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I am just starting on Android development. To my nascent knowledge, it seems that anybody can grab any personal info and modify it or phone it home. Like with ContactContentProvider. I know these(permissions) have to be specifically declared in application manifest and the user would be presented with this info during installation. But still how would you you know the application handling your private data is not going to go rouge on it?


Suppose I create an app with internet and contact-reading permissions. It claims that it will backup contacts on a server specified by user. While secretly it also copies them to your own server.

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Also, I think my question boils down to an open app store(Android) versus a closed one with a defined approval process(Apple). –  deeJ Nov 11 '10 at 7:02

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It's no different than you developing an app that does it that runs on a PC, or something that uses your gmail login to see if there's others you know on the same site.

It's all about trust. Also the Apple approval process doesn't safeguard against any of this if you hide it and when found out malicious apps can be killed & uninstalled instantly.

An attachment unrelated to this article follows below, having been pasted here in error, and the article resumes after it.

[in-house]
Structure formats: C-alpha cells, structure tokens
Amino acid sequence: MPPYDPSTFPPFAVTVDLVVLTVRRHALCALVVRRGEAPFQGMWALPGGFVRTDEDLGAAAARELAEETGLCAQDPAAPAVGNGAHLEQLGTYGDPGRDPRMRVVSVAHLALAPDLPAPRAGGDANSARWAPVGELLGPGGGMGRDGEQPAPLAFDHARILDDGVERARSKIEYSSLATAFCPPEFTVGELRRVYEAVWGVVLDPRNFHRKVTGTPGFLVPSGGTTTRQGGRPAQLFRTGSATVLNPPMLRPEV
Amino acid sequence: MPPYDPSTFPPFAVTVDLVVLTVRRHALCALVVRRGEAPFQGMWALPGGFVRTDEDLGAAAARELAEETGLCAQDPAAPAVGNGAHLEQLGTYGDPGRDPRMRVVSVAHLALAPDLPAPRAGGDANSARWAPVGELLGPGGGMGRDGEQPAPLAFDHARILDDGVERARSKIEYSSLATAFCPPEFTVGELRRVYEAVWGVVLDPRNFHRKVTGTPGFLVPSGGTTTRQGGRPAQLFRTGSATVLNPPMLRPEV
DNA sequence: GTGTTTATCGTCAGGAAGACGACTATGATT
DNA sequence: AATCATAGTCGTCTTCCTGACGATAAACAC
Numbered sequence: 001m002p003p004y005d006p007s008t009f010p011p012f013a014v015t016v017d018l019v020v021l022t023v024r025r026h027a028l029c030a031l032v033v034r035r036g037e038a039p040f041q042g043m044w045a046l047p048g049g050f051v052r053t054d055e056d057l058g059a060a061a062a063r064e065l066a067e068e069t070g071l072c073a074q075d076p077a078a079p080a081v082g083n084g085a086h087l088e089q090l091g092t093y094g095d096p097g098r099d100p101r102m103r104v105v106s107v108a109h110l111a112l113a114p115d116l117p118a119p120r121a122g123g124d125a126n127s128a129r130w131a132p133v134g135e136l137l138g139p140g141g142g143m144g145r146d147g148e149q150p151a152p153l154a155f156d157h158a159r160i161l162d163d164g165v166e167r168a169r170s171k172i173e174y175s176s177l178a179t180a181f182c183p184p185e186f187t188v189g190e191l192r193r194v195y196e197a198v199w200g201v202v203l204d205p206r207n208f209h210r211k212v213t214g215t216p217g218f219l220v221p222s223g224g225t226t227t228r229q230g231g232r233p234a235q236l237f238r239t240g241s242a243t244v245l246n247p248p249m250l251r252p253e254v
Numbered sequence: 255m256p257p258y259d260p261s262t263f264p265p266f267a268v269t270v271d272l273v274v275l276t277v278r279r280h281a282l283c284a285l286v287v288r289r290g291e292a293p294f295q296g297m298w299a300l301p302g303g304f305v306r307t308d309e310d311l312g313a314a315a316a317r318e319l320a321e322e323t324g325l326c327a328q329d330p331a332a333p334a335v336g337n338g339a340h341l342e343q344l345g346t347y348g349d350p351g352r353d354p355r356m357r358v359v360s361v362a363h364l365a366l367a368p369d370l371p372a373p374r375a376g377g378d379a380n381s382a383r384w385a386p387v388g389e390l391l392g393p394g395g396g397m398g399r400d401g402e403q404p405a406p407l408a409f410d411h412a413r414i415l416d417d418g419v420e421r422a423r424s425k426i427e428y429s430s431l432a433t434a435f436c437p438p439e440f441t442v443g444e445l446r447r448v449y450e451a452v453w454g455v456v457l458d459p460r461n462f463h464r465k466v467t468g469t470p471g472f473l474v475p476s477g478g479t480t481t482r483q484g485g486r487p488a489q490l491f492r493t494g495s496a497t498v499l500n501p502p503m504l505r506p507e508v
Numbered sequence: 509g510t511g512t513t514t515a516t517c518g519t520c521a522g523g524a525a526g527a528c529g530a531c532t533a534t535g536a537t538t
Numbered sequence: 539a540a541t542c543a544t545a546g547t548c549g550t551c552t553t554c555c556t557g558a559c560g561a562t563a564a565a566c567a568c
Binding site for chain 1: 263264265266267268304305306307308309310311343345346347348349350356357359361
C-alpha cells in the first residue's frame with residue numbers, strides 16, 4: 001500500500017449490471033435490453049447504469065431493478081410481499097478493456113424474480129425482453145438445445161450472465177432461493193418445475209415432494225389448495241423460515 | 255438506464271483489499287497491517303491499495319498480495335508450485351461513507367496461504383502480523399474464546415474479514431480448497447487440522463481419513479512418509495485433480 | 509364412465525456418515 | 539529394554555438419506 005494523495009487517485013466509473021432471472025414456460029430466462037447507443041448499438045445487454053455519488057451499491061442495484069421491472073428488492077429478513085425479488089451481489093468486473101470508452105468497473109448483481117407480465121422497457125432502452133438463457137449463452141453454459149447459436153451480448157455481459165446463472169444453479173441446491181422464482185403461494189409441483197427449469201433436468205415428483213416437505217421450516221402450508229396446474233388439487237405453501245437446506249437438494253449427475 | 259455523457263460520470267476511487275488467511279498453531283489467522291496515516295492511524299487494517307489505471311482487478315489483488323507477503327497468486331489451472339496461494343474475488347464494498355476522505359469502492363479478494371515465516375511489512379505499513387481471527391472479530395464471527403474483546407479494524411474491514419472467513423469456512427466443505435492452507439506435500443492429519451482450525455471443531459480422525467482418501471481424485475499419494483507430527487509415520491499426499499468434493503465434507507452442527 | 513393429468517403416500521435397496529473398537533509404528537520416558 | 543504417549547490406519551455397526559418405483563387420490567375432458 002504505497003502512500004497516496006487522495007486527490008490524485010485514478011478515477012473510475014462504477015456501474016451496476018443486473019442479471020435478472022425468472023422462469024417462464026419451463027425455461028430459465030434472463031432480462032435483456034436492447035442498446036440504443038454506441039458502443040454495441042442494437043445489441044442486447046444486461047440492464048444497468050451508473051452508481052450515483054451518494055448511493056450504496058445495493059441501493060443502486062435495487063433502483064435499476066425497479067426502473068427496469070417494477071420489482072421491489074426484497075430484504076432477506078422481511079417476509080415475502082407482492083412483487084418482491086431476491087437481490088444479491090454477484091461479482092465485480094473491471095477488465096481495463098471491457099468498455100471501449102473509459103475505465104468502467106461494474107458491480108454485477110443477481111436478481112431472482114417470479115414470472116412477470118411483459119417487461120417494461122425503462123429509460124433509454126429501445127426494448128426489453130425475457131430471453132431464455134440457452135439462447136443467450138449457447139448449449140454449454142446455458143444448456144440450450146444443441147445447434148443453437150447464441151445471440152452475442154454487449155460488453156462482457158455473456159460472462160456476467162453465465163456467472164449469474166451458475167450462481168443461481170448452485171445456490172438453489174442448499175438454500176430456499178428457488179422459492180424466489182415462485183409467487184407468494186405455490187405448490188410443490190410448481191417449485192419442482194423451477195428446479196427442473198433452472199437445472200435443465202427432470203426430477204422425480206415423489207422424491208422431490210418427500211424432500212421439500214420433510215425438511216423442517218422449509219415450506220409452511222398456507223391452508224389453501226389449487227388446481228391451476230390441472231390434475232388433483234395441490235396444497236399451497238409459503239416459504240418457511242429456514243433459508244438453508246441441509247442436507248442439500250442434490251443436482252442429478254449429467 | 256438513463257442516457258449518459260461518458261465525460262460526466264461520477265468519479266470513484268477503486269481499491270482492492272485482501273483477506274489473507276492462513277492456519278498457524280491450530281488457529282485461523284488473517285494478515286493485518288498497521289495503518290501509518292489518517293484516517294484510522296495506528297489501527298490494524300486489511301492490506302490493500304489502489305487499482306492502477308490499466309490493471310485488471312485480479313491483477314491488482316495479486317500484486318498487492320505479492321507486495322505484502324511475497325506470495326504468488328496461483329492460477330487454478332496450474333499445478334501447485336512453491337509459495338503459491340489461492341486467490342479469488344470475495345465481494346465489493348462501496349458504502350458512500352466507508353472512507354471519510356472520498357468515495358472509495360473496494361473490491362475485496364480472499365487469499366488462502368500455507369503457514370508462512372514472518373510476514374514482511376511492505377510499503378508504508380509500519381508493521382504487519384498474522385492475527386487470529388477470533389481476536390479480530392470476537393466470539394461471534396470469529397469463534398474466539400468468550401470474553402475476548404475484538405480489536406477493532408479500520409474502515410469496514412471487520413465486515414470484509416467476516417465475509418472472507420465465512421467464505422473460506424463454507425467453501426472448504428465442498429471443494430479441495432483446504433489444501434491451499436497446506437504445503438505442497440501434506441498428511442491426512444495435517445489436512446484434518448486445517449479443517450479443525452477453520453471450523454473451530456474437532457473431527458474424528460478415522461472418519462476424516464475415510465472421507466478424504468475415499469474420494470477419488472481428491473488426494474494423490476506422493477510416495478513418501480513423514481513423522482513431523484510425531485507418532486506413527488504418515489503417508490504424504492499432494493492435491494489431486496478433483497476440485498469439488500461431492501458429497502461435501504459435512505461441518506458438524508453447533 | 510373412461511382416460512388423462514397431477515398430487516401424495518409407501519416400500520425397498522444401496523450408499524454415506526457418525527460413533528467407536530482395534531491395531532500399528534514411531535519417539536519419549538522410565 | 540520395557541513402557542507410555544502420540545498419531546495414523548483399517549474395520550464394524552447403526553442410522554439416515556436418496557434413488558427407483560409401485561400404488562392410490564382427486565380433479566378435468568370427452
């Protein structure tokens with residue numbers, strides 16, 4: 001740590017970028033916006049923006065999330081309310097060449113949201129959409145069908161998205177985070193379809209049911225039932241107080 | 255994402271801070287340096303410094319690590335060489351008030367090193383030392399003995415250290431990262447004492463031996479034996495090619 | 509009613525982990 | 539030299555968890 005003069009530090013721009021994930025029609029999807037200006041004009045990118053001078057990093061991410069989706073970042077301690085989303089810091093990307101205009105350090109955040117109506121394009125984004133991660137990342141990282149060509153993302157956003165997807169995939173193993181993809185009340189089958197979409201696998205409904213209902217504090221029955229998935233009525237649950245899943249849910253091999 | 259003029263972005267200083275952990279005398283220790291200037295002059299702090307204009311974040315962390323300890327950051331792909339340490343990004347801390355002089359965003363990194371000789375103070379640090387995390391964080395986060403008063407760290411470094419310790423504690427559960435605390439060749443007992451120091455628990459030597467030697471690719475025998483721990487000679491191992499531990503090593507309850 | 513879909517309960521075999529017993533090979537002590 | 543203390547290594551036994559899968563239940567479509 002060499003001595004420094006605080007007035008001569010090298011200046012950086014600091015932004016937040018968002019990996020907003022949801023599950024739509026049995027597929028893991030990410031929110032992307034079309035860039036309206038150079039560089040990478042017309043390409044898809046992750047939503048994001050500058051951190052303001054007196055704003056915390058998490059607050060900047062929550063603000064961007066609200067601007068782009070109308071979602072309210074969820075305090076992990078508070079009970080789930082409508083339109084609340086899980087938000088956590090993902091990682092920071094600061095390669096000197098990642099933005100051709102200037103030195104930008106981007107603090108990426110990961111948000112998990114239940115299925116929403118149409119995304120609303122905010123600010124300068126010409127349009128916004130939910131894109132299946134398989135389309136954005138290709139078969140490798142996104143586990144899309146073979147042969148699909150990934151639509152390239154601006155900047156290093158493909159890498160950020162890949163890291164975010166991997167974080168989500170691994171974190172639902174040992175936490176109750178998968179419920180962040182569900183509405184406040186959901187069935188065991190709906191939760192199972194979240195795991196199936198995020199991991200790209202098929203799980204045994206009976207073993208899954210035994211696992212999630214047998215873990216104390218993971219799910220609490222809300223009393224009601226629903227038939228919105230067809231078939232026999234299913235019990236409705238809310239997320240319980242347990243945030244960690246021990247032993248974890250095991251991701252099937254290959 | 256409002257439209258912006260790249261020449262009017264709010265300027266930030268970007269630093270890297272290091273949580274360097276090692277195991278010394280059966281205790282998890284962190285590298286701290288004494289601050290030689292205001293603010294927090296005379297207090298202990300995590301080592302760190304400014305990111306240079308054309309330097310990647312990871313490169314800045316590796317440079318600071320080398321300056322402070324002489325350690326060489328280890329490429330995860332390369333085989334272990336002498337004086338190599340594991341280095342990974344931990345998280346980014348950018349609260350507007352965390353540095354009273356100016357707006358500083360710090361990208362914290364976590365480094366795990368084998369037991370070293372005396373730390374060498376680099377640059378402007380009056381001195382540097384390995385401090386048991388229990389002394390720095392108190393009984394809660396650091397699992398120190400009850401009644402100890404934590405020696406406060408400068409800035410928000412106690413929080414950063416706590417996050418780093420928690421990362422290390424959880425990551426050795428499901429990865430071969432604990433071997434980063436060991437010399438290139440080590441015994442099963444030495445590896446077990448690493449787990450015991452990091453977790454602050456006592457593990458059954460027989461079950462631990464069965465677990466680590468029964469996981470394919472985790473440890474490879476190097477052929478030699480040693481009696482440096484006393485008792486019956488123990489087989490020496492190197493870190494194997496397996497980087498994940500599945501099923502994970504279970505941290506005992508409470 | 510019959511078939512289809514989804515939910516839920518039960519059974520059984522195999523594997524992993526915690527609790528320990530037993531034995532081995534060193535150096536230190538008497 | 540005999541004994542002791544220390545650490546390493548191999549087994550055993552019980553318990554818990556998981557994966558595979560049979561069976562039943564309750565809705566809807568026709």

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I think what makes the case of Android different from Desktop is that, in former case, there is a well establish ecosystem for distribution and that too with very low entry threshold. So, anyone with $25(or so) can upload a app and reach millions of users. For a desktop developer to reach such mass it will take a lot more time and/or money. Also, I think with a phone there is more damage a malicious code can do, knowing your location. Intercepting your calls may be. Camera is sure to be there. Such things are not sure to be there on a Desktop PC. –  deeJ Nov 11 '10 at 10:39
True, but on the android you still have to give the app these permissions. So it all comes down to if you trust the developer or not. –  Fredrik Leijon Nov 11 '10 at 10:58
There are plenty of low-barrier ways to distribute desktop apps too, like download.com. –  Matthew Flaschen Nov 11 '10 at 17:03

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